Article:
Explore different disciplines of an Arts Degree in one of our Arts Courses. Through courses that explore a different topic each semester from a multidiscipline perspective (ARTS 1100), or an intensive interdisciplinary field school in the Amazon rain forest (ARTS 3000) students gain knowledge that spans multiple areas of study. For more information about how these exciting courses fit within your degree, please make an appointment to see an Arts Degree Advisor on Advisor Connect.
*NEW COURSE for Fall 2021* GLBL 2000: Intercultural Engagement in Practice
Students will explore global competencies while developing a curiosity and awareness about the cultural world beyond their immediate environment. They will recognize their own and others’ perspectives while developing a commitment to inclusion, participation and cooperation with diverse audiences. Through experiential learning, service-learning, and ePortfolio based assessment students will reflect critically on their classroom and personal experience to create a personal development roadmap. The Intercultural Development Inventory (IDI) will be used to provide a baseline of cultural development and to contribute to the development of individual learning plans.
For more information, please contact Lesley McCannell at firstname.lastname@example.org
*NEW COURSE for Spring 2022* ARTS 2000: The Science and Practice of Wellness
Research suggests that 90% of university students report feeling overwhelmed and exhausted at times. The majority of students also report above average stress levels, loneliness, and anxiety. Not surprisingly, these emotional struggles can take a significant toll on personal and academic well-being. Arts 2000 – The Science and Practice of Wellness aims to engage students in a wide range of practices that are linked to well-being. Together, we will learn about, apply, and reflect on the value of practices such as daily gratitude, time spent in nature, social connections, self-compassion, and mindfulness. This course is experiential in nature with students engaging in weekly wellness activities in smaller cohorts.
*Please note the course delivery mode may be subject to change.
ARTS 1100: Experiencing the Arts
Students will explore a broad and compelling theme through the lens of different Arts disciplines. The theme will change each semester. The course will be run by an instructor who is passionate about the theme, with class sessions taught by visiting instructors from areas such as History, Psychology, Geography, Fine Arts, Political Science, and other fields. This will help students realize how different fields within Arts are connected, as well as suggest directions for further study. They will learn to view their world through multiple, and sometimes contrasting, perspectives and develop intellectual skills which are essential for learning in various disciplines and for continued learning in life beyond the University.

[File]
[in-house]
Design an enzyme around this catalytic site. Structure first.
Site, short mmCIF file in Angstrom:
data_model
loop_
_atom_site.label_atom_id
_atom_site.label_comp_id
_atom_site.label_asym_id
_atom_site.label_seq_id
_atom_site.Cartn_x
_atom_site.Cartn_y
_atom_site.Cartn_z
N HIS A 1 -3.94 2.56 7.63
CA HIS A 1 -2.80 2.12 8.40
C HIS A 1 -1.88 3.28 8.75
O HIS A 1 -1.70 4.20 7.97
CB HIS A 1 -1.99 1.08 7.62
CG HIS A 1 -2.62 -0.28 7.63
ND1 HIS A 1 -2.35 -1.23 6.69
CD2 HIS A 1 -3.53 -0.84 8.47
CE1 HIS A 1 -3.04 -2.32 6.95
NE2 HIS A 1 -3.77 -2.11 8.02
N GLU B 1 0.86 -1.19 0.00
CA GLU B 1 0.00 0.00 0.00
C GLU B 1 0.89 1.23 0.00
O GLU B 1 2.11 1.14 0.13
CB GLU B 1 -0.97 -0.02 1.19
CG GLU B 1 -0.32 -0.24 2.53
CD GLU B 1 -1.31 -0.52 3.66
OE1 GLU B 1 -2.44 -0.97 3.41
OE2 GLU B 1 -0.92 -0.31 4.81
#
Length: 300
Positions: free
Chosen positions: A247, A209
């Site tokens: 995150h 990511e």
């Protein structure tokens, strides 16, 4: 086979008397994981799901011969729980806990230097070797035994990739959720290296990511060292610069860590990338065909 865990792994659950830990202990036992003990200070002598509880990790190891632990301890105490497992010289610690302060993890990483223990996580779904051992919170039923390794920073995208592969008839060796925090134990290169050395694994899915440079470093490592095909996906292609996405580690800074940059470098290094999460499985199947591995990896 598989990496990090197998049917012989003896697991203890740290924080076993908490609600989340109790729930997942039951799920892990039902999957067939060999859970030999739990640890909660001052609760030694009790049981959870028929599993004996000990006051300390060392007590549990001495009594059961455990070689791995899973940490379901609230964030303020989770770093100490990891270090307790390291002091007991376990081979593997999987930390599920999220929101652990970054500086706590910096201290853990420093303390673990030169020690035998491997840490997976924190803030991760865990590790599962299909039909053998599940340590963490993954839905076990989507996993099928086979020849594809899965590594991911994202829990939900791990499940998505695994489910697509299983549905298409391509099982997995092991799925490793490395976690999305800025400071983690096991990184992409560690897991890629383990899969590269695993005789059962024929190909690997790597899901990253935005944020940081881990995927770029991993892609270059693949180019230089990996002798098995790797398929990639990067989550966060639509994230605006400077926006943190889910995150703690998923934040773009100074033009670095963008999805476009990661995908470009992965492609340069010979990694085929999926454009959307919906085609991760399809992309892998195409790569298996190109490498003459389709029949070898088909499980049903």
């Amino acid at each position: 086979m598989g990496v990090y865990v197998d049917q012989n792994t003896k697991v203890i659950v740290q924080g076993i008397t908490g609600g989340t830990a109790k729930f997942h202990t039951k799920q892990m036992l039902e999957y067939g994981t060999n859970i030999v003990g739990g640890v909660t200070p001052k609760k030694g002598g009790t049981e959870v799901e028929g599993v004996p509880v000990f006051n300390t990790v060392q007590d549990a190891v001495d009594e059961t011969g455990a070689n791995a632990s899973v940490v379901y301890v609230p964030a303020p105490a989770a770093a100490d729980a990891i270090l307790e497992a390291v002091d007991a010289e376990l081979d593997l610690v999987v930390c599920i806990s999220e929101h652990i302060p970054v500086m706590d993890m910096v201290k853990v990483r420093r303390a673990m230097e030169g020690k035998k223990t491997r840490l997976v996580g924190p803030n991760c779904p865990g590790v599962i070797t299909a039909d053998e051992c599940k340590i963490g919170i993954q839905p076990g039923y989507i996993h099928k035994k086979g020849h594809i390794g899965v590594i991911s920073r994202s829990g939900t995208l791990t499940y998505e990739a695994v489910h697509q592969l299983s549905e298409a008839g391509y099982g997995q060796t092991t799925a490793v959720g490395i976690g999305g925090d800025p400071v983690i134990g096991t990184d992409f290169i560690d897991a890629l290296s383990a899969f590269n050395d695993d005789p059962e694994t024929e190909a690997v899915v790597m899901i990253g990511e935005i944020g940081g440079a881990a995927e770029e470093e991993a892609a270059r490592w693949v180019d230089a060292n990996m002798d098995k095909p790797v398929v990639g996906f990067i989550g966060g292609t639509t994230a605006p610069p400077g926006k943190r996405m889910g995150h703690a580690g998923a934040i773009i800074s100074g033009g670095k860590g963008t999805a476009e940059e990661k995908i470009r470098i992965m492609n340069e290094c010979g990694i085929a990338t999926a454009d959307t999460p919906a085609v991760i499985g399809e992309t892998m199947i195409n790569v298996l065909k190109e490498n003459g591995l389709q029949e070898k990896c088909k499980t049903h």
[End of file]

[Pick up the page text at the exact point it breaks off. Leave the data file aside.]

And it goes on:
Summer 2021: Lauren Harding, Holidays
This course takes the common question "what did you do for your summer vacation?" and uses it to explore and introduce a variety of academic disciplines in the arts and humanities. In this course will we explore holidays, festivals, vacations and other breaks from the mundane to understand how making time for fun, for celebration and for adventure defines and shapes the human experience.
Fall 2021:Robert Menzies, Introduction to Film Studies (online)
Aaron Goodman, Empathy and the Arts (online)
Empathy is defined by Oxford Reference as “the ability to imagine and understand the thoughts, perspective, and emotions of another person.” In this course, students will explore how empathy is understood and applied by practitioners and researchers in a range of liberal arts-related fields. These may include Anthropology, Asian Studies, Creative Writing, Criminology, Educational Studies, English, Fine Arts, Geography and the Environment, History, Indigenous Community Justice, Interdisciplinary Expressive Arts, Journalism and Communication Studies, Language and Culture, Music, NGO and Nonprofit Studies, Philosophy, Policy Studies, Political Science, Psychology, and Sociology. Students will engage with compelling readings, audio-visual materials, and learn from a number of faculty members at KPU. The class will be run asynchronously and online, with optional synchronous discussion periods to be determined.
This course will be an introduction to the study of "film," and will approach this medium from a number of methodological and disciplinary directions (History, Art History, Asian Studies, Literature, and so on).
ARTS 3000: Interdisciplinary Amazon Field School
Learners will engage in an intensive interdisciplinary field school in the Amazon rain forest. They will take part in cultural and creative immersion activities, participate in community engagement projects, and contextualize their field learning by classroom-based analysis and critical reflection before and after their field experiences. They will develop interdisciplinary skills in creativity, academic inquiry, ecology and conservation, cultural awareness, environmental design, design thinking, and community development. Learners will become familiar with various expressive modalities of the Amazon region (e.g. design, writing, music, movement, expressive arts, materiality, storytelling, etc.) and will explore the application of those modalities in an integrative learning environment. Note: Students will spend two weeks at the Field School site in addition to class sessions on campus before and after travel. Students must be nineteen years or older at the start of the course